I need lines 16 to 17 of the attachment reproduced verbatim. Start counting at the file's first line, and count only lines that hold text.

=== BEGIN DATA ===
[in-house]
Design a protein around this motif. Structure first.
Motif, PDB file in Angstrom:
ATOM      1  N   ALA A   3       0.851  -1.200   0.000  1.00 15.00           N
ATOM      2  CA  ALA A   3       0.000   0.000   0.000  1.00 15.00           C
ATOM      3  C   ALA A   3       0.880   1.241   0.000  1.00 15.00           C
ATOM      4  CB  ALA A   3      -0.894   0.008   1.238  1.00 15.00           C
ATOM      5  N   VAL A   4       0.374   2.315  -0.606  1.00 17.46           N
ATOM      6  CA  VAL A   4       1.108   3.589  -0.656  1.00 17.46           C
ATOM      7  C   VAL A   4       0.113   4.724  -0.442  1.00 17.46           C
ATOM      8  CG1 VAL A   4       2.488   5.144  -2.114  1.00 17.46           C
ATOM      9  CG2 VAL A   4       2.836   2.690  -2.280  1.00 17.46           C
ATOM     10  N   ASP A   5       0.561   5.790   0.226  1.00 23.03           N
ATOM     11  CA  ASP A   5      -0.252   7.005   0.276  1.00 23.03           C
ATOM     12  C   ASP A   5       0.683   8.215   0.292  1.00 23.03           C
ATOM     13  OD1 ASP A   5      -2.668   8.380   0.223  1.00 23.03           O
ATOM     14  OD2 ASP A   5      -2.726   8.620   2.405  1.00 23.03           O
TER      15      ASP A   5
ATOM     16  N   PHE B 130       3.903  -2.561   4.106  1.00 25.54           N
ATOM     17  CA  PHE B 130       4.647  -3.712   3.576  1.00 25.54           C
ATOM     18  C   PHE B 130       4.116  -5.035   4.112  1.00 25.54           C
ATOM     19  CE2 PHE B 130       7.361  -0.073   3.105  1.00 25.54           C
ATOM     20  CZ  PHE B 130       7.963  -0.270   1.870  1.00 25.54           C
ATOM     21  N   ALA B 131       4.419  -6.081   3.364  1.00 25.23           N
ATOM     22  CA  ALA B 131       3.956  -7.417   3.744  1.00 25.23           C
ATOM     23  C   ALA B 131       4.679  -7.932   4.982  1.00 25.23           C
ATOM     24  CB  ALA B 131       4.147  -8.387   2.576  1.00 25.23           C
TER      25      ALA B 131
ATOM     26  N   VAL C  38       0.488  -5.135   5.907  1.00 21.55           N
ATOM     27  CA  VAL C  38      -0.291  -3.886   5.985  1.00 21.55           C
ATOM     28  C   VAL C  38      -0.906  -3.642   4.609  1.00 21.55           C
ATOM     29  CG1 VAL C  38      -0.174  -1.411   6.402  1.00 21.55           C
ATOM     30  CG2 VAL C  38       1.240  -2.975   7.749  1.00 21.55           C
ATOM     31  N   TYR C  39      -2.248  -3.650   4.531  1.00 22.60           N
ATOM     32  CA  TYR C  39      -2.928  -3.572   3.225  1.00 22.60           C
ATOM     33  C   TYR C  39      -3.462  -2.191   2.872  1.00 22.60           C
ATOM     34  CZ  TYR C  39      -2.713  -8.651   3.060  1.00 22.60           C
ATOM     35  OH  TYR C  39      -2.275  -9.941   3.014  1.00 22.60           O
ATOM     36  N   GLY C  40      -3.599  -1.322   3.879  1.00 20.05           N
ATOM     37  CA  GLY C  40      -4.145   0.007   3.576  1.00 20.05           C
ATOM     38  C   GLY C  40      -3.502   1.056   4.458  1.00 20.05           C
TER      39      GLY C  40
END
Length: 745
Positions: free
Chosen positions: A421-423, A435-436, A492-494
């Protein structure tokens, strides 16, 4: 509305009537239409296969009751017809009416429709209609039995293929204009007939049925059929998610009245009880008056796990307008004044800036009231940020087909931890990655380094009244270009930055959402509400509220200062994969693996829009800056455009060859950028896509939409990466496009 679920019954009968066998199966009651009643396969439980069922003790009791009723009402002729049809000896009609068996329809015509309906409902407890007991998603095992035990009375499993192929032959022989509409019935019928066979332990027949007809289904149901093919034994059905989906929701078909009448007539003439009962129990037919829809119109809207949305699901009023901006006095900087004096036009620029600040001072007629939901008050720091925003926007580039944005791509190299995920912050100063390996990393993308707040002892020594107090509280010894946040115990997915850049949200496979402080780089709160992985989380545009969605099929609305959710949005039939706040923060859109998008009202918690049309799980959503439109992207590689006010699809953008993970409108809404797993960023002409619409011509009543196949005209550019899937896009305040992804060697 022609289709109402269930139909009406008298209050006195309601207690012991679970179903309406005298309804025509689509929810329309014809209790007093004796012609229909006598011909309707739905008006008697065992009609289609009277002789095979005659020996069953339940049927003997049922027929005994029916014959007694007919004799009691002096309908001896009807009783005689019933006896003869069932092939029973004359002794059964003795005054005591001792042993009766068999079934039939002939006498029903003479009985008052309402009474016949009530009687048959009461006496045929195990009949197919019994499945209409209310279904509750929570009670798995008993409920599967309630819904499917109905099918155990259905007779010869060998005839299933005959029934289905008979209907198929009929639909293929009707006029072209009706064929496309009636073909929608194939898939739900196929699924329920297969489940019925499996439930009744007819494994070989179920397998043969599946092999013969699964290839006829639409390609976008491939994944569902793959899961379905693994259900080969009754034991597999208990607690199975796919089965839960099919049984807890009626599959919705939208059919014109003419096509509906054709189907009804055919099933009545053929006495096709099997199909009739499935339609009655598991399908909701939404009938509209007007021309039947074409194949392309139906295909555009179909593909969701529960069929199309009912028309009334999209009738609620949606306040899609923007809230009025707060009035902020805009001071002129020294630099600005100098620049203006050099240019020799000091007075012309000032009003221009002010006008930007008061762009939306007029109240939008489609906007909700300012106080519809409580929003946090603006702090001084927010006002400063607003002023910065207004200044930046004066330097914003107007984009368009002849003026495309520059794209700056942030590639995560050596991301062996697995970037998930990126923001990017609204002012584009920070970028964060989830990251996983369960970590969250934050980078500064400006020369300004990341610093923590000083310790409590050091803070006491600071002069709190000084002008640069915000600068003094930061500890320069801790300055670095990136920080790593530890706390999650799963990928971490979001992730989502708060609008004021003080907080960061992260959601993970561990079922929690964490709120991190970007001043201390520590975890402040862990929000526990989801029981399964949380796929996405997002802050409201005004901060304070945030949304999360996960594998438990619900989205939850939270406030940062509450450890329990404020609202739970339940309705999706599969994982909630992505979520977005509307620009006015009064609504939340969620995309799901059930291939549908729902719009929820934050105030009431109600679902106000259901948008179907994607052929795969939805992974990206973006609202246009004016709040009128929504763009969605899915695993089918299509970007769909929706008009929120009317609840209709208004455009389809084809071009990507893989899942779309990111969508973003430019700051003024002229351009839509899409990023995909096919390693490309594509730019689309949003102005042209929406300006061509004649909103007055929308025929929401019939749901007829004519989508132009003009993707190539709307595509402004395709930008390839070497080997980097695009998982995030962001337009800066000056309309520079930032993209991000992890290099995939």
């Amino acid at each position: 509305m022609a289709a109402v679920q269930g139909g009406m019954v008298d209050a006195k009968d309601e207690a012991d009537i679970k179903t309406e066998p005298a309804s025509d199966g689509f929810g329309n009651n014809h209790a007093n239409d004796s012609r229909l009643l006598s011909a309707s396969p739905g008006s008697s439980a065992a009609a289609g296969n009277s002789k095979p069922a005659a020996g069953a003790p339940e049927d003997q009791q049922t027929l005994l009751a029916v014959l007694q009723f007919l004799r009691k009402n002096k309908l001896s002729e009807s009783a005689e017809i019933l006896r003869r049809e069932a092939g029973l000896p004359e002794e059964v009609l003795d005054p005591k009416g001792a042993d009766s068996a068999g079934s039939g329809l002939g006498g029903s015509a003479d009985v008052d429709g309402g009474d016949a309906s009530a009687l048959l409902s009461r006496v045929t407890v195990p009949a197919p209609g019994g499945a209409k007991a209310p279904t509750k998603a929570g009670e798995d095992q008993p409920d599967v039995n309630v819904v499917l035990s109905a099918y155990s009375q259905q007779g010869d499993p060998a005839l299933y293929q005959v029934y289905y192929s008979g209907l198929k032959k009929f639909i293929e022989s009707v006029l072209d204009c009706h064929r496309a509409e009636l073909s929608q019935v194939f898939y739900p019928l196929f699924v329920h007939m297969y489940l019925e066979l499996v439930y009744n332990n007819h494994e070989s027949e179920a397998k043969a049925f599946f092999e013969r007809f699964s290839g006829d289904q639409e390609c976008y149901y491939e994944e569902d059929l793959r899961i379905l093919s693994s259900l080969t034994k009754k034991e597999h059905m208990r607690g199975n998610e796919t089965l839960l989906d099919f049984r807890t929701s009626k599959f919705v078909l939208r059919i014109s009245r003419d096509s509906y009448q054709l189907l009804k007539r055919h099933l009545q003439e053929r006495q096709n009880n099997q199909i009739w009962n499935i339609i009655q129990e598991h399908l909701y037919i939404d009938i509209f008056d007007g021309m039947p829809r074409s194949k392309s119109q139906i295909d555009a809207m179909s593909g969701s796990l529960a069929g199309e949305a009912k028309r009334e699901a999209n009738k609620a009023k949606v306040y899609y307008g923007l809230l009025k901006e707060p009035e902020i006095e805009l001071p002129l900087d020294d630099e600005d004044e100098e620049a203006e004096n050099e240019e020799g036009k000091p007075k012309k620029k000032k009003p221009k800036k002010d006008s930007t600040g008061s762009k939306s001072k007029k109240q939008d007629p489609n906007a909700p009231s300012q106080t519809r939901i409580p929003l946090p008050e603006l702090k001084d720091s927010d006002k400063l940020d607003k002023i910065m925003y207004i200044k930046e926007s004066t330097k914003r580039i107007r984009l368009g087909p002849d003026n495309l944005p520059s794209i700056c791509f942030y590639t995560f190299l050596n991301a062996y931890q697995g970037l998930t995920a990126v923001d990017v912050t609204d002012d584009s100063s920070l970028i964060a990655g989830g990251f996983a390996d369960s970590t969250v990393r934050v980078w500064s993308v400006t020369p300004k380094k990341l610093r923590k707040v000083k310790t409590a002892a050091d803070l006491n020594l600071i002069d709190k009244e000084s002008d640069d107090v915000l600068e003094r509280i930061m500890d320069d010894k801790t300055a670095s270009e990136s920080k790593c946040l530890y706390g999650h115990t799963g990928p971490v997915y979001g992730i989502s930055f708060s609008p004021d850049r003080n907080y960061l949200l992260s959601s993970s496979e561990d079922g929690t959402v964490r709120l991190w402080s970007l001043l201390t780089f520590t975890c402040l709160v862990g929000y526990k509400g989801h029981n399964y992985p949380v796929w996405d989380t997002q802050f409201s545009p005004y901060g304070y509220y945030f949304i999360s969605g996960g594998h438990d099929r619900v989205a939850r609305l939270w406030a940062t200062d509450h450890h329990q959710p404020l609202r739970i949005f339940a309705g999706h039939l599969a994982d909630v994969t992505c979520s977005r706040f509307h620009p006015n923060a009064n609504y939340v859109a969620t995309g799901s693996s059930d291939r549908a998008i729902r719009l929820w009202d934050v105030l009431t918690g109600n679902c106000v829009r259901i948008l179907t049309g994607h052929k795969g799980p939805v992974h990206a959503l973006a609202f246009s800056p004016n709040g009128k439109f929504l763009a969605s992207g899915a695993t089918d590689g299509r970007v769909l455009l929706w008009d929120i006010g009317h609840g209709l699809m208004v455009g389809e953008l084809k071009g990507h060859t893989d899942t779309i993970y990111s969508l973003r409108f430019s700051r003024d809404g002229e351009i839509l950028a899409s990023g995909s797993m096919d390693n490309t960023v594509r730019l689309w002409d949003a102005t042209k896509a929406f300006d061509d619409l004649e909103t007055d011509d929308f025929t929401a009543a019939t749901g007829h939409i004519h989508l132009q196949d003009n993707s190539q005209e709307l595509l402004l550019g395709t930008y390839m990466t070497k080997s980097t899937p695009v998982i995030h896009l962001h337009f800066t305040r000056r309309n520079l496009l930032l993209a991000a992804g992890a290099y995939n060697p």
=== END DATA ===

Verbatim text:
ATOM     13  OD1 ASP A   5      -2.668   8.380   0.223  1.00 23.03           O
ATOM     14  OD2 ASP A   5      -2.726   8.620   2.405  1.00 23.03           O